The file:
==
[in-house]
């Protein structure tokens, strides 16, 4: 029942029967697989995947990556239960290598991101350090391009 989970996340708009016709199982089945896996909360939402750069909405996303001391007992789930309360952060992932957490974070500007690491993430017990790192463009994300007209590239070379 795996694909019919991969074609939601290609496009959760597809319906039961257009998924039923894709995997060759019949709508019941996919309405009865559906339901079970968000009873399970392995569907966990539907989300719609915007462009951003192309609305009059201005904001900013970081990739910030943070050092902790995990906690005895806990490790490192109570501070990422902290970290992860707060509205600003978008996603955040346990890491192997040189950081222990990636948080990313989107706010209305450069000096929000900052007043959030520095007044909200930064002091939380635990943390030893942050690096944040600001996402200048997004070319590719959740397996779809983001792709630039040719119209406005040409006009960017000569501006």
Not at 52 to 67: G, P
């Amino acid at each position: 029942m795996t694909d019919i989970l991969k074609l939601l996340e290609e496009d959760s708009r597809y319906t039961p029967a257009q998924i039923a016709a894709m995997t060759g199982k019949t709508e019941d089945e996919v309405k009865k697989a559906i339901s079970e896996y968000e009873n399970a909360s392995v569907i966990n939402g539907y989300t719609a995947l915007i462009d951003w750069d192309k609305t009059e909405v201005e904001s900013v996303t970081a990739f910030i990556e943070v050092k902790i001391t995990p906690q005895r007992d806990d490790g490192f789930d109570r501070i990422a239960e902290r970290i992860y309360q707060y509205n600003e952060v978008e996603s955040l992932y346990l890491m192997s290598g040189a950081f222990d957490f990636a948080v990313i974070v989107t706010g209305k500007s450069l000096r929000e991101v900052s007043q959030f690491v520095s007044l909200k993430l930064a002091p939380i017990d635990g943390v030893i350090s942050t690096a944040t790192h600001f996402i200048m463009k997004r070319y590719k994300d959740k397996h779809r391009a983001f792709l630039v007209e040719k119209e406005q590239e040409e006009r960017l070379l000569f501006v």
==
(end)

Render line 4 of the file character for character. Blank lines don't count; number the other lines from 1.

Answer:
């Amino acid at each position: 029942m795996t694909d019919i989970l991969k074609l939601l996340e290609e496009d959760s708009r597809y319906t039961p029967a257009q998924i039923a016709a894709m995997t060759g199982k019949t709508e019941d089945e996919v309405k009865k697989a559906i339901s079970e896996y968000e009873n399970a909360s392995v569907i966990n939402g539907y989300t719609a995947l915007i462009d951003w750069d192309k609305t009059e909405v201005e904001s900013v996303t970081a990739f910030i990556e943070v050092k902790i001391t995990p906690q005895r007992d806990d490790g490192f789930d109570r501070i990422a239960e902290r970290i992860y309360q707060y509205n600003e952060v978008e996603s955040l992932y346990l890491m192997s290598g040189a950081f222990d957490f990636a948080v990313i974070v989107t706010g209305k500007s450069l000096r929000e991101v900052s007043q959030f690491v520095s007044l909200k993430l930064a002091p939380i017990d635990g943390v030893i350090s942050t690096a944040t790192h600001f996402i200048m463009k997004r070319y590719k994300d959740k397996h779809r391009a983001f792709l630039v007209e040719k119209e406005q590239e040409e006009r960017l070379l000569f501006v």